The head of the United Nations' atomic agency says talks he held in Tehran this week over Iran's nuclear program proved inconclusive.
Rafael Grossi, the director-general of the International Atomic Energy Agency (IAEA), traveled to Iran for negotiations ahead of talks next week in Vienna aimed at reviving a 2015 deal between Iran and world powers.
Grossi met with the head of Iran's Atomic Energy Organization and the Islamic Republic's foreign minister as he specifically sought to convince Iran to reinstall four of the IAEA's cameras at a centrifuge-parts workshop in Karaj that Iran claims were the victim of apparent sabotage.
Iran earlier this year stopped allowing the UN agency's inspectors to conduct snap inspections required under the 2015 deal.
Grossi subsequently brokered an arrangement in which Iran allowed IAEA cameras inside nuclear facilities to keep running with the exception of those at Karaj, where in June Tehran refused to allow IAEA access citing an ongoing investigation into an alleged act of sabotage by Israel at the facility.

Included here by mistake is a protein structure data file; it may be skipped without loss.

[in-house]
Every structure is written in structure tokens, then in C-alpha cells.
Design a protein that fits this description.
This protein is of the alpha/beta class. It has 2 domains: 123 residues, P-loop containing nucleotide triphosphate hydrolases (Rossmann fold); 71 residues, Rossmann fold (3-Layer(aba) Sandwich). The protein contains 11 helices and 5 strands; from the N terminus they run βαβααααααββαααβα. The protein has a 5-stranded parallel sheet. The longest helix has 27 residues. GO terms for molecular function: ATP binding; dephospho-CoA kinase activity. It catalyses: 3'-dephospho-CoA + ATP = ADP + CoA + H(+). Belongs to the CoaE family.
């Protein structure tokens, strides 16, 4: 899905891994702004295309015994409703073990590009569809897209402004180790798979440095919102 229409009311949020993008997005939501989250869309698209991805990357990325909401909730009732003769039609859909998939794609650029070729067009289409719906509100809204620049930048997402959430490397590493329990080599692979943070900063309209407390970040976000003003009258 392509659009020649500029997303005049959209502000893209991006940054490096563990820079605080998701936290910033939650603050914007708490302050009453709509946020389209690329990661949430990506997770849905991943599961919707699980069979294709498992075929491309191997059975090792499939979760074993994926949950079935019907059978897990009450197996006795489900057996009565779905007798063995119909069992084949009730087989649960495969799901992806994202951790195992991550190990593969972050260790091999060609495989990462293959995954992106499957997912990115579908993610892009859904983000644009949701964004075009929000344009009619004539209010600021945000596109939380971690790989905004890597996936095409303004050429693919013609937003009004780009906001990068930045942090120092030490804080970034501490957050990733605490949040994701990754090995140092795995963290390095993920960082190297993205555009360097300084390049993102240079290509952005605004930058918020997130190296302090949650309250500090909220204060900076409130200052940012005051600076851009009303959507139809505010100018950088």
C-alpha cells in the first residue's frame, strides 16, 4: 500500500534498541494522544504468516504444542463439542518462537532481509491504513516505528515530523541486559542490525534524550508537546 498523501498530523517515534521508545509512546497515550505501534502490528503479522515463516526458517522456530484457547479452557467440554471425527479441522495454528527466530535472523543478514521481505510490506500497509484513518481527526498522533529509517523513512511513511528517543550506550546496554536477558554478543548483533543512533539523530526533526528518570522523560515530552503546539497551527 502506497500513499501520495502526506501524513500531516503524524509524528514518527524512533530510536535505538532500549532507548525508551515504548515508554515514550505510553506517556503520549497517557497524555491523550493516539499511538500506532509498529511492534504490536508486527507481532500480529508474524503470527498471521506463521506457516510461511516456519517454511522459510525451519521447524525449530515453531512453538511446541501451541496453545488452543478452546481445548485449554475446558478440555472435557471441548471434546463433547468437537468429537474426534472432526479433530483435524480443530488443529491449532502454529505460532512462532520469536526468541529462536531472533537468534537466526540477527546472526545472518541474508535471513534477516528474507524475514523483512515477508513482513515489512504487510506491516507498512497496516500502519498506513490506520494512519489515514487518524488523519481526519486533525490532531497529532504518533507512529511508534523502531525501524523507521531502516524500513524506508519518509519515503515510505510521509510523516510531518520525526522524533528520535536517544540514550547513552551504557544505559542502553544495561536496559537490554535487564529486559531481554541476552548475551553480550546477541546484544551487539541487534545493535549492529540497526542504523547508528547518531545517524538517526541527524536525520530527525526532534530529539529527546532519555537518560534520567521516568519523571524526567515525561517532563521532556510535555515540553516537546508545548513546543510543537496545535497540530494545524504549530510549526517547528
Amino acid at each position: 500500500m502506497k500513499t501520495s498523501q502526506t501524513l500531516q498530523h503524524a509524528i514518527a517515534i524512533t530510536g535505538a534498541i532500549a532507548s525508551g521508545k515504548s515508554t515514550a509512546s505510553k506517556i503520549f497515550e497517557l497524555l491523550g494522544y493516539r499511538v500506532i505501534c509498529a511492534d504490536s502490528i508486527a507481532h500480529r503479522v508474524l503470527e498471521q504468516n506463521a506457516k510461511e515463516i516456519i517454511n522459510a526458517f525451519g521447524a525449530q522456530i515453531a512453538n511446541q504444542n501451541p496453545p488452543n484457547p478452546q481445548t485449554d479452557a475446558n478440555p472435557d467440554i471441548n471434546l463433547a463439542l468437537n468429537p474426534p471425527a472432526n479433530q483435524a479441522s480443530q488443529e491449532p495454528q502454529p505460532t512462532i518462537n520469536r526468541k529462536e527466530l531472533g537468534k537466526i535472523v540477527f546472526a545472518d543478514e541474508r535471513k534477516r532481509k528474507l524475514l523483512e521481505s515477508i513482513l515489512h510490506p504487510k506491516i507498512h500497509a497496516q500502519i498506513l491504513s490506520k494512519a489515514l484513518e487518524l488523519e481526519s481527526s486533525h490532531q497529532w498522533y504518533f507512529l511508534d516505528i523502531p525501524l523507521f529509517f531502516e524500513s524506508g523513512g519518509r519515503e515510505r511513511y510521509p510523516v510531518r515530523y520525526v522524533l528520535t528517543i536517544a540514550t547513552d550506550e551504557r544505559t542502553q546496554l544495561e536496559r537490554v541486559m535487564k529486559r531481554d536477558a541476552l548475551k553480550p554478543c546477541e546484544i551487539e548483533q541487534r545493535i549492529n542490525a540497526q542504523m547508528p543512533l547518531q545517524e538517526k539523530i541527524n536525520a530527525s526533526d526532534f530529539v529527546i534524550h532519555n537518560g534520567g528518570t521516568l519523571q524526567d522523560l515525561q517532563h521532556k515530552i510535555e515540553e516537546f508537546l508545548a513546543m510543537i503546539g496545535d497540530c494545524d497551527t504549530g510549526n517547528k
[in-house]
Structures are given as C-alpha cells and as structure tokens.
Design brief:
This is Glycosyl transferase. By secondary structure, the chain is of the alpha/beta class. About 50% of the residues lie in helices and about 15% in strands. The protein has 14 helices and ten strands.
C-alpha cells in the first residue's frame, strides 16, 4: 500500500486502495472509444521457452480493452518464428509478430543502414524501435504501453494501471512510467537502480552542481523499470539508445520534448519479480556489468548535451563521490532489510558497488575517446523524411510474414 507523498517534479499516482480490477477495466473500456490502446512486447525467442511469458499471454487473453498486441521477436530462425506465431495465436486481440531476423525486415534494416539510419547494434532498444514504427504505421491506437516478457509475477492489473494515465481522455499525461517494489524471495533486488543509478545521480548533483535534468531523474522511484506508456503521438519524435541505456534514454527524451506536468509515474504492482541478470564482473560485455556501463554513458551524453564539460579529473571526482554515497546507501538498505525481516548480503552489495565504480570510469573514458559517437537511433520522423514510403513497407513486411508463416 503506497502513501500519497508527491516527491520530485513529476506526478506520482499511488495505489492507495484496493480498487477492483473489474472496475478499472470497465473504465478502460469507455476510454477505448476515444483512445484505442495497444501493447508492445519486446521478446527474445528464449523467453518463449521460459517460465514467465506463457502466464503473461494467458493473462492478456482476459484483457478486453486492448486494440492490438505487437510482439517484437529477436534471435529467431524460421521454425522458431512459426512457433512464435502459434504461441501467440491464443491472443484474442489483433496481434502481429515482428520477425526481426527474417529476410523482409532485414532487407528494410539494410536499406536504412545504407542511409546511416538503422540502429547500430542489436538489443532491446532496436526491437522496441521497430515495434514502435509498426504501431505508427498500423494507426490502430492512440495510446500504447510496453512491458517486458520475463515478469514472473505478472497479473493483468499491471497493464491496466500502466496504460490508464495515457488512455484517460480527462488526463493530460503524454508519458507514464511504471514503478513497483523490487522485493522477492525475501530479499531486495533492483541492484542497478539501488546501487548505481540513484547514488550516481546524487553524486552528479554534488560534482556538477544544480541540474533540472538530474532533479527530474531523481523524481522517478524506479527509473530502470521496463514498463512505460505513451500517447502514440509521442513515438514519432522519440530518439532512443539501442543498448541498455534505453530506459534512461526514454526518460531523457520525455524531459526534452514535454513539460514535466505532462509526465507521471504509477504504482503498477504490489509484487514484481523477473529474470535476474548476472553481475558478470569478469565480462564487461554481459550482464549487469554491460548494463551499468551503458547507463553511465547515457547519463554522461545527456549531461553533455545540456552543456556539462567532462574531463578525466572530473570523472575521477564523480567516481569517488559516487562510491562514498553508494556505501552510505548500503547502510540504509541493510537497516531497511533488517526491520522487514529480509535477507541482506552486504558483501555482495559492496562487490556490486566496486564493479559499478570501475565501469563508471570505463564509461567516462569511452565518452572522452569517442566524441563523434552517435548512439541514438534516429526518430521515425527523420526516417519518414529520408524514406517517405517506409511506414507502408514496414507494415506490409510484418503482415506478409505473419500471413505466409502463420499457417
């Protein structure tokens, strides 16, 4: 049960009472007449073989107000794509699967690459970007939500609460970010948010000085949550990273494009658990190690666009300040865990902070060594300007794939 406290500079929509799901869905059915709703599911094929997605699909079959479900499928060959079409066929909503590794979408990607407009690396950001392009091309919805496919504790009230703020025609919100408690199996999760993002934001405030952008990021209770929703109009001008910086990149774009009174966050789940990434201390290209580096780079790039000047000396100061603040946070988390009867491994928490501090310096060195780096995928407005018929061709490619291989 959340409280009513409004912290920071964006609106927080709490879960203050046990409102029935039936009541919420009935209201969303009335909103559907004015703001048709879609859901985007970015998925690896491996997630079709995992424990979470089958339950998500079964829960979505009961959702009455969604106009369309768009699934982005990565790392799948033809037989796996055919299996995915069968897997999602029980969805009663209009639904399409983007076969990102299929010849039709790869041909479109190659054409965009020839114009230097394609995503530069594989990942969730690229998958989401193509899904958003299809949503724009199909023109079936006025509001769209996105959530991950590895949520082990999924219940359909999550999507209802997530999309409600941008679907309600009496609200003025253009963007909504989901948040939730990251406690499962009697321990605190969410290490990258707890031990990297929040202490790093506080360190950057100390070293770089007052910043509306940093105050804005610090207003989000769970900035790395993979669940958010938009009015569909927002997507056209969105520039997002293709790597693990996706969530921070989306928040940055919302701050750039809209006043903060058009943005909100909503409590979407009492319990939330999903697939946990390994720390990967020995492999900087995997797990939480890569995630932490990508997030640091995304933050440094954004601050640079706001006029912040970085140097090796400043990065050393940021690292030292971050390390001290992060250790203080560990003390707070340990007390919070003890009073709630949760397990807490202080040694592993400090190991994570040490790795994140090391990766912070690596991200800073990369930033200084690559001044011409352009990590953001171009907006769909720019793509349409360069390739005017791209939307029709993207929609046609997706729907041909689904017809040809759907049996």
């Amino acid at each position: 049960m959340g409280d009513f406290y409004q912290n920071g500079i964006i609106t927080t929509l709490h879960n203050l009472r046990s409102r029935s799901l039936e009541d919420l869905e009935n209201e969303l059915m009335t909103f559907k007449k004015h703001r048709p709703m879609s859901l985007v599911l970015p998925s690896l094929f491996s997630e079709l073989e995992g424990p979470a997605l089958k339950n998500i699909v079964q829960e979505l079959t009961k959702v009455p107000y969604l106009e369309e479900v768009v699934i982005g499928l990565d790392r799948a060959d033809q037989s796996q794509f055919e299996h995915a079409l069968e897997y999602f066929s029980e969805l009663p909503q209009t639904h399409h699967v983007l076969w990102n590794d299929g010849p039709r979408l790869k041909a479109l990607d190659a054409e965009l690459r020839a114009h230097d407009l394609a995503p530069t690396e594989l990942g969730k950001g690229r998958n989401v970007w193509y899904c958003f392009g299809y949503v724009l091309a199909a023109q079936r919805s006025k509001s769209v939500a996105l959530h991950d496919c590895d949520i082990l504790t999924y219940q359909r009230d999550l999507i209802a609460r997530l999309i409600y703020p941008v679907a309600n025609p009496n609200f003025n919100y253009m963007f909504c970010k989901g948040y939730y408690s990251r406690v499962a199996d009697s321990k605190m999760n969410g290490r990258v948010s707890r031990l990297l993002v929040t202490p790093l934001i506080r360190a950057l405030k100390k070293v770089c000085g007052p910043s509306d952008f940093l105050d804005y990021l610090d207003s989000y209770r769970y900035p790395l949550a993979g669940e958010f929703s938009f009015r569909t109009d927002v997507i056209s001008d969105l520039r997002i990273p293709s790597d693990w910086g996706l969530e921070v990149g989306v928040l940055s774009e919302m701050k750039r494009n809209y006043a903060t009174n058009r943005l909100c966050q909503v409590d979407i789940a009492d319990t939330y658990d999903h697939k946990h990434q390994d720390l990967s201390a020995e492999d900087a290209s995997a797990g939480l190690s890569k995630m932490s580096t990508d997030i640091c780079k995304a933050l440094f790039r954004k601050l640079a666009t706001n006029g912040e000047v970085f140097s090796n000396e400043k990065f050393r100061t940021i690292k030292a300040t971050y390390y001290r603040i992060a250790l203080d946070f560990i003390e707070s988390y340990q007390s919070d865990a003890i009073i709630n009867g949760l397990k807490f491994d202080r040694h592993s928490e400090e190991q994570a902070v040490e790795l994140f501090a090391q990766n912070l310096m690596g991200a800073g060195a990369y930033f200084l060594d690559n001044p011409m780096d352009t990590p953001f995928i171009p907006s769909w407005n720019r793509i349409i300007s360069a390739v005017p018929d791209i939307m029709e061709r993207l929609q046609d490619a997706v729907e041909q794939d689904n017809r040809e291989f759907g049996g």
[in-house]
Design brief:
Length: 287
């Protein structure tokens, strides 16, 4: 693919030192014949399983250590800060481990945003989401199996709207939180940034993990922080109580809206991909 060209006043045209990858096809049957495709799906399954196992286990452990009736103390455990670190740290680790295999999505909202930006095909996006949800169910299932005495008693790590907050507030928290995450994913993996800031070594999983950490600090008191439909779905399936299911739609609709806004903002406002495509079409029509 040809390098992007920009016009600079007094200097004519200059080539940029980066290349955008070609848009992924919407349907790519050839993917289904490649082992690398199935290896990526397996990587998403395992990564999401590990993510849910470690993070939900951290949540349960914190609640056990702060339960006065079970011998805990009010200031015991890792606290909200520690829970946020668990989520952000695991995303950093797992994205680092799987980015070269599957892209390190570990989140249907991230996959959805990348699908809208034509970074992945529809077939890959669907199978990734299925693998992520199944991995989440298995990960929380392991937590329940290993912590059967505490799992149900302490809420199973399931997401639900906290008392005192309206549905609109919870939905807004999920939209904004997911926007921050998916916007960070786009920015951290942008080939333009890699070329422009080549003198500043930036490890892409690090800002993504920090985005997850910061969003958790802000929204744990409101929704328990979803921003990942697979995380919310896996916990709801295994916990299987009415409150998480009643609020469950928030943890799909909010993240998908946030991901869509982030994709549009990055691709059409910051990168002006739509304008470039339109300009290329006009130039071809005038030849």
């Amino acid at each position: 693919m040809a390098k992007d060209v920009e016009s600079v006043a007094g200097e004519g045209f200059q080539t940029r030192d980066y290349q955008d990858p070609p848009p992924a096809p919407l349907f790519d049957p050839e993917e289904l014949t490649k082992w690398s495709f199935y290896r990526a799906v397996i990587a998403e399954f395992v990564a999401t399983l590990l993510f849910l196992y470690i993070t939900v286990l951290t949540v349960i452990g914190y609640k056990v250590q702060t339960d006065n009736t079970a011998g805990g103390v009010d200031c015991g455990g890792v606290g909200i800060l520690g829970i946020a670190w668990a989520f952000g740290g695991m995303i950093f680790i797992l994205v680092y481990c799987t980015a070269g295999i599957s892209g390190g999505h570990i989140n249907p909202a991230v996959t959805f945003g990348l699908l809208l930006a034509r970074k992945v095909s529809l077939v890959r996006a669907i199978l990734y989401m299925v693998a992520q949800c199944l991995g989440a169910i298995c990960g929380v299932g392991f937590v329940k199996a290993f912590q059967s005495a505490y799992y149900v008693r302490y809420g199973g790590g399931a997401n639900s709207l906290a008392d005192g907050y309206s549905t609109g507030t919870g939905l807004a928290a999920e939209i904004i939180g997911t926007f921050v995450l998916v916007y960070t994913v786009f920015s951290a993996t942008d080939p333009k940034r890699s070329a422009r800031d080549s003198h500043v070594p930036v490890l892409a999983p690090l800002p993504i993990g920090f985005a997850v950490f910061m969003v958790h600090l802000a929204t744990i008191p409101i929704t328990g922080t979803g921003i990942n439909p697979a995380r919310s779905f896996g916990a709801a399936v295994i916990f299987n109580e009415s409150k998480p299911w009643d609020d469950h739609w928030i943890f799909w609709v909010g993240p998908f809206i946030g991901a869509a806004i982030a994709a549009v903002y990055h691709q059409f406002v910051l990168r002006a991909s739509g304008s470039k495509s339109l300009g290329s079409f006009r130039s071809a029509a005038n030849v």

Grossi told the IAEA's Board of Governors on November 24 that negotiations failed to result in any breakthrough regarding the cameras at the Karaj facility.
"Despite my best efforts, these extensive negotiations and deliberations to address Iran's outstanding safeguards issues, detailed in the two reports, proved inconclusive," Grossi told the 35-nation Board of Governors at the start of its quarterly meeting, according to the text of the speech sent to reporters.
He was referring to reports recently issued by the agency.
Despite the inconclusive results of Grossi's trip, diplomats said no action is likely to be taken by the IAEA board against Iran at the meeting for fear of damaging upcoming talks on reviving the 2015 deal, known as the Joint Comprehensive Plan of Action (JCPOA).
Under former President Donald Trump, the United States in 2018 withdrew from the deal intended to curtail Iran's nuclear program in exchange for sanctions relief. Tehran has since consistently stepped up activity in its nuclear program, including expanding its stockpile of enriched uranium.
Trump's successor, Joe Biden, has expressed interest in rejoining the pact if Iran returns to full compliance.
However, indirect negotiations between the deal's signatories that started in April in Vienna were put on hold in June after the Islamic republic elected hard-liner Ebrahim Raisi as president.
Grossi's visit to Iran, his third since February, came ahead of talks with world powers in Vienna on November 29 -- the first since Raisi's election.
The remaining signatories to the 2015 deal -- Britain, China, France, Germany, and Russia -- will join the talks while the United States will participate indirectly.